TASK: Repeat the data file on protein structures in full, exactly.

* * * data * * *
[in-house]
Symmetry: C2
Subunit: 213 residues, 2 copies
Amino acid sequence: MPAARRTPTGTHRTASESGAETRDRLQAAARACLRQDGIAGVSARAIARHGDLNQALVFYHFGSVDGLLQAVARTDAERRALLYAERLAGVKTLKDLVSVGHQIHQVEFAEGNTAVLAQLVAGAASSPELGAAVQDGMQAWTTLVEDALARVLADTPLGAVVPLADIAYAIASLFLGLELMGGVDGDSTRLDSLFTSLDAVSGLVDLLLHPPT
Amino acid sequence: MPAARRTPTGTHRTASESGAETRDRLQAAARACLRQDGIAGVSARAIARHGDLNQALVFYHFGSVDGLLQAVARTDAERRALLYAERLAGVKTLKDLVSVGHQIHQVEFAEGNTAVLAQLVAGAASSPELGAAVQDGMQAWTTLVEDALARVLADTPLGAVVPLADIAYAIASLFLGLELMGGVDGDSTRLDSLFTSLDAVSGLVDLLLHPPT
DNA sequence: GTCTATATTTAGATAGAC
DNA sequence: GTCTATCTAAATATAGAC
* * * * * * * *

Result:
[in-house]
Symmetry: C2
Subunit: 213 residues, 2 copies
Amino acid sequence: MPAARRTPTGTHRTASESGAETRDRLQAAARACLRQDGIAGVSARAIARHGDLNQALVFYHFGSVDGLLQAVARTDAERRALLYAERLAGVKTLKDLVSVGHQIHQVEFAEGNTAVLAQLVAGAASSPELGAAVQDGMQAWTTLVEDALARVLADTPLGAVVPLADIAYAIASLFLGLELMGGVDGDSTRLDSLFTSLDAVSGLVDLLLHPPT
Amino acid sequence: MPAARRTPTGTHRTASESGAETRDRLQAAARACLRQDGIAGVSARAIARHGDLNQALVFYHFGSVDGLLQAVARTDAERRALLYAERLAGVKTLKDLVSVGHQIHQVEFAEGNTAVLAQLVAGAASSPELGAAVQDGMQAWTTLVEDALARVLADTPLGAVVPLADIAYAIASLFLGLELMGGVDGDSTRLDSLFTSLDAVSGLVDLLLHPPT
DNA sequence: GTCTATATTTAGATAGAC
DNA sequence: GTCTATCTAAATATAGAC